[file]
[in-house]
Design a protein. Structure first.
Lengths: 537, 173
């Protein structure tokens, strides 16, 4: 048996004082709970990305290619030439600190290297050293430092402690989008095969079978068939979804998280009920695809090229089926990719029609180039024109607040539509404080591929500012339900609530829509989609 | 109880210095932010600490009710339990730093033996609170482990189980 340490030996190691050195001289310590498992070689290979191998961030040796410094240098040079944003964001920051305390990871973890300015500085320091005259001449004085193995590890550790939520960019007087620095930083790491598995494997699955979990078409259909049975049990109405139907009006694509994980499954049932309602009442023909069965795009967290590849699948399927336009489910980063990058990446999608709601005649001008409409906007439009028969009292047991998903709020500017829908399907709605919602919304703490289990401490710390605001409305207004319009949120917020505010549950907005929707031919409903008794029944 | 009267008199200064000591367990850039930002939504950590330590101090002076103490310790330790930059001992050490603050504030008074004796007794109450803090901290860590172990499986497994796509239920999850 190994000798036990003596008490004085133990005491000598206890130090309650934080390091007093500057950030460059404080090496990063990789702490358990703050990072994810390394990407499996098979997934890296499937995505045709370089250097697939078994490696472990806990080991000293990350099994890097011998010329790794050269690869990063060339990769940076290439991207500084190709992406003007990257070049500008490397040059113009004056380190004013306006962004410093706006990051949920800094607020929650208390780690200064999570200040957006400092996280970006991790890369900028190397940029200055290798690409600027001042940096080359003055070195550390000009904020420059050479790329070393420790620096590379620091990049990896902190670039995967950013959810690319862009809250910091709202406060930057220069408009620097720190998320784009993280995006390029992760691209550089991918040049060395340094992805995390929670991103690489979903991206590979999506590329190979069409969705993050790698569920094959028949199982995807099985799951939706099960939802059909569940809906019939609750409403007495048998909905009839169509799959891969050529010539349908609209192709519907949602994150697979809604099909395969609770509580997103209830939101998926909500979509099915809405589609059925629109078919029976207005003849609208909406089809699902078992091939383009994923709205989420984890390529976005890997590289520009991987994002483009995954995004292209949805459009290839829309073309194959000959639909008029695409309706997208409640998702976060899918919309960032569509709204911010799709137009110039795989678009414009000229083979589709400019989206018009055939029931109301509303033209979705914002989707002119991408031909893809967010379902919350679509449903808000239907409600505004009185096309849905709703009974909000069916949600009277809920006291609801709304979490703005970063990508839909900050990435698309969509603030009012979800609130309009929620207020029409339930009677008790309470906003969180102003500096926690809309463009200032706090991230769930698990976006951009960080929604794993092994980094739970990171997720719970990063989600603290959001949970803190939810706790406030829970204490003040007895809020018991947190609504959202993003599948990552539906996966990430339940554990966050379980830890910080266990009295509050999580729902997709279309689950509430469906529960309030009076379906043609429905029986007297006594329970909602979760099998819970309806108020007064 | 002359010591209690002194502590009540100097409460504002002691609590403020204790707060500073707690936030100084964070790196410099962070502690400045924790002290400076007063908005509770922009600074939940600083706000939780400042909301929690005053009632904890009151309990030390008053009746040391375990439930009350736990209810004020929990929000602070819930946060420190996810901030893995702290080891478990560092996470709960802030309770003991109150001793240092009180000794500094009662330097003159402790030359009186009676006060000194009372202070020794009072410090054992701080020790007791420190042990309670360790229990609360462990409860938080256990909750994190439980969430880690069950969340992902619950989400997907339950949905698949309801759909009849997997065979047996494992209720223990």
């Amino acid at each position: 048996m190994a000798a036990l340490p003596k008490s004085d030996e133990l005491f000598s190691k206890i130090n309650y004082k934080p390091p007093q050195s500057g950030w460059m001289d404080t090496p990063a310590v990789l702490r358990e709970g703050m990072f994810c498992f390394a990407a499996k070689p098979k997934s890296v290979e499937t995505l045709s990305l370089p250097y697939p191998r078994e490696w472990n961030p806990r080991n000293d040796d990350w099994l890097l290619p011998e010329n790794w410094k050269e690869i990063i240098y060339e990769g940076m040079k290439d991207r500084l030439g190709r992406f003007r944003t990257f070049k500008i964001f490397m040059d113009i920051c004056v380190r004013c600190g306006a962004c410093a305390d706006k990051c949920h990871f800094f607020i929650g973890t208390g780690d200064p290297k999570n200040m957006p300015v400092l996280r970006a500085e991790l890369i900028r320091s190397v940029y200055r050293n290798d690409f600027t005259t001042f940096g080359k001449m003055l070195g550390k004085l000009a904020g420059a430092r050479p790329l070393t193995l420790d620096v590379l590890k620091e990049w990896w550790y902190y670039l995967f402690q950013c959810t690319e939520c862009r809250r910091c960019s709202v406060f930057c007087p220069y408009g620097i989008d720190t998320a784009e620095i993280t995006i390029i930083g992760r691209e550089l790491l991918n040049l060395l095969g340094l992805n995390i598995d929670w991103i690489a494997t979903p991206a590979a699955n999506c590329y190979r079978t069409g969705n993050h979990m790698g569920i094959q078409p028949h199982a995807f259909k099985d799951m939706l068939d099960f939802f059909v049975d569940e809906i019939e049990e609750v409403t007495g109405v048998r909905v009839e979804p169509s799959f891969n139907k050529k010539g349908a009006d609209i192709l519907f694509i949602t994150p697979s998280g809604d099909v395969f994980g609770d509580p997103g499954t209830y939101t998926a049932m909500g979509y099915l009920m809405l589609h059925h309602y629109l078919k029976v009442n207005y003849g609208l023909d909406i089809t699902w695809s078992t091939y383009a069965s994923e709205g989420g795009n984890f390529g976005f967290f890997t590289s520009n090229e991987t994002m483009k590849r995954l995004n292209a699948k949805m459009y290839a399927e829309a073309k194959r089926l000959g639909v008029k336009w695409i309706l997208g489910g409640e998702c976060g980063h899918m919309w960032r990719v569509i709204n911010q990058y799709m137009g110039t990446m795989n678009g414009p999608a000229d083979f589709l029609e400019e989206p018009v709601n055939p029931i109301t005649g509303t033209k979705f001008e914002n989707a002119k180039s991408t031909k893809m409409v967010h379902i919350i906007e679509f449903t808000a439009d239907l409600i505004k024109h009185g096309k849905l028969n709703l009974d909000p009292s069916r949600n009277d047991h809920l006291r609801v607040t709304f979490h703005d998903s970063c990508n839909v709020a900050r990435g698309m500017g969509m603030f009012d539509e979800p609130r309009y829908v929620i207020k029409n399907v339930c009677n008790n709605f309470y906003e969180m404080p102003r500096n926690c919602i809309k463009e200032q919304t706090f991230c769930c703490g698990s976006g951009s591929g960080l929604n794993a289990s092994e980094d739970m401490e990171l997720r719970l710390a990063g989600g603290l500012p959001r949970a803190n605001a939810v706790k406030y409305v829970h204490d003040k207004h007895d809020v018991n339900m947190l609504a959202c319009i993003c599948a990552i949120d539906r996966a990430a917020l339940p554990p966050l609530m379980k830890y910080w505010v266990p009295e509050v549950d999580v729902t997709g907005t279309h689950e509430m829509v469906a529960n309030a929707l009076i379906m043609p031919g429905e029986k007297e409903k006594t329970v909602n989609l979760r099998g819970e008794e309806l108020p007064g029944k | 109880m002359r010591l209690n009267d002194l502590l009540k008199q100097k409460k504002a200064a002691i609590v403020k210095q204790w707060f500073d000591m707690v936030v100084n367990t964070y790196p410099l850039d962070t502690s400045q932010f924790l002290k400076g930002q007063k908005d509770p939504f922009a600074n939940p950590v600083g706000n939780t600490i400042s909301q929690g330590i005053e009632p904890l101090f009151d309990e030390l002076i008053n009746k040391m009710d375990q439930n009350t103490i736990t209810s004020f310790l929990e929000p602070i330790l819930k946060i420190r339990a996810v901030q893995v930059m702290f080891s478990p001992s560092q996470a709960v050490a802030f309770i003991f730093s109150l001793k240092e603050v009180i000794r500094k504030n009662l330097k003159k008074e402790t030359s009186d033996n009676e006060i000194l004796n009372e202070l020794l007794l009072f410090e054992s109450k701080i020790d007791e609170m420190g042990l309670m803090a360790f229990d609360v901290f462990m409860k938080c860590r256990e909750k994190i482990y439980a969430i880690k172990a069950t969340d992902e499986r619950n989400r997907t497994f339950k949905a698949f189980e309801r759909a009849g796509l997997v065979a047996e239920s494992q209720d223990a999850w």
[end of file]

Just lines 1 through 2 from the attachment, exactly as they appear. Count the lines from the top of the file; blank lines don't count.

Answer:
[in-house]
Design a protein. Structure first.